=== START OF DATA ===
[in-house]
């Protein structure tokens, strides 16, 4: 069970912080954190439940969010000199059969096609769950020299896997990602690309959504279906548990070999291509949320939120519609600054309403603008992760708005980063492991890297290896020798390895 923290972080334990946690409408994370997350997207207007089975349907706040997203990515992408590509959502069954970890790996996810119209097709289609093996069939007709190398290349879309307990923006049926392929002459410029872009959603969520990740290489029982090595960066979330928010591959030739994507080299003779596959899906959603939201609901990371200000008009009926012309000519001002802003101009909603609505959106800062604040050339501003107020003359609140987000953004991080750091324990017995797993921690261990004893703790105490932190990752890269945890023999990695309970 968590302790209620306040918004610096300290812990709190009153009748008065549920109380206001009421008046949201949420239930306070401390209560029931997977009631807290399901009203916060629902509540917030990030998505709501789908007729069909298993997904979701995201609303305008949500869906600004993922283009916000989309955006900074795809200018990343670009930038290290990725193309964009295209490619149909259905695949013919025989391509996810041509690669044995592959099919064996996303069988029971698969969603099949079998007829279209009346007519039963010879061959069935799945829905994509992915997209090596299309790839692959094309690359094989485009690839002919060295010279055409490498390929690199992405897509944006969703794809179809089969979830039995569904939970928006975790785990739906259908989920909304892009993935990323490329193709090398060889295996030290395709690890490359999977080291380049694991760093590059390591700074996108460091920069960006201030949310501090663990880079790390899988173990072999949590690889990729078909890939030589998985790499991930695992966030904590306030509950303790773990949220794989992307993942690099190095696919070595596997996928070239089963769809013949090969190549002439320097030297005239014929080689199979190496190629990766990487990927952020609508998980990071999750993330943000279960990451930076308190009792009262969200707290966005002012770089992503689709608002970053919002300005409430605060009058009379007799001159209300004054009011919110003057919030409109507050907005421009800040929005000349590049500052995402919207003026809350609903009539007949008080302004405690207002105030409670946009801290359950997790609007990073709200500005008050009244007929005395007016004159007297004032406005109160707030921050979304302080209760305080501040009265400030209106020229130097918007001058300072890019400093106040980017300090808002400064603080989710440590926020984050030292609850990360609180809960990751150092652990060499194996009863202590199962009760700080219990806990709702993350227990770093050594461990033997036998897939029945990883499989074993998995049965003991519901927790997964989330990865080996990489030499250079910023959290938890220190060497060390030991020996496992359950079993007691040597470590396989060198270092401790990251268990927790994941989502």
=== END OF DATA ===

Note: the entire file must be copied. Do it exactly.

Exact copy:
[in-house]
């Protein structure tokens, strides 16, 4: 069970912080954190439940969010000199059969096609769950020299896997990602690309959504279906548990070999291509949320939120519609600054309403603008992760708005980063492991890297290896020798390895 923290972080334990946690409408994370997350997207207007089975349907706040997203990515992408590509959502069954970890790996996810119209097709289609093996069939007709190398290349879309307990923006049926392929002459410029872009959603969520990740290489029982090595960066979330928010591959030739994507080299003779596959899906959603939201609901990371200000008009009926012309000519001002802003101009909603609505959106800062604040050339501003107020003359609140987000953004991080750091324990017995797993921690261990004893703790105490932190990752890269945890023999990695309970 968590302790209620306040918004610096300290812990709190009153009748008065549920109380206001009421008046949201949420239930306070401390209560029931997977009631807290399901009203916060629902509540917030990030998505709501789908007729069909298993997904979701995201609303305008949500869906600004993922283009916000989309955006900074795809200018990343670009930038290290990725193309964009295209490619149909259905695949013919025989391509996810041509690669044995592959099919064996996303069988029971698969969603099949079998007829279209009346007519039963010879061959069935799945829905994509992915997209090596299309790839692959094309690359094989485009690839002919060295010279055409490498390929690199992405897509944006969703794809179809089969979830039995569904939970928006975790785990739906259908989920909304892009993935990323490329193709090398060889295996030290395709690890490359999977080291380049694991760093590059390591700074996108460091920069960006201030949310501090663990880079790390899988173990072999949590690889990729078909890939030589998985790499991930695992966030904590306030509950303790773990949220794989992307993942690099190095696919070595596997996928070239089963769809013949090969190549002439320097030297005239014929080689199979190496190629990766990487990927952020609508998980990071999750993330943000279960990451930076308190009792009262969200707290966005002012770089992503689709608002970053919002300005409430605060009058009379007799001159209300004054009011919110003057919030409109507050907005421009800040929005000349590049500052995402919207003026809350609903009539007949008080302004405690207002105030409670946009801290359950997790609007990073709200500005008050009244007929005395007016004159007297004032406005109160707030921050979304302080209760305080501040009265400030209106020229130097918007001058300072890019400093106040980017300090808002400064603080989710440590926020984050030292609850990360609180809960990751150092652990060499194996009863202590199962009760700080219990806990709702993350227990770093050594461990033997036998897939029945990883499989074993998995049965003991519901927790997964989330990865080996990489030499250079910023959290938890220190060497060390030991020996496992359950079993007691040597470590396989060198270092401790990251268990927790994941989502």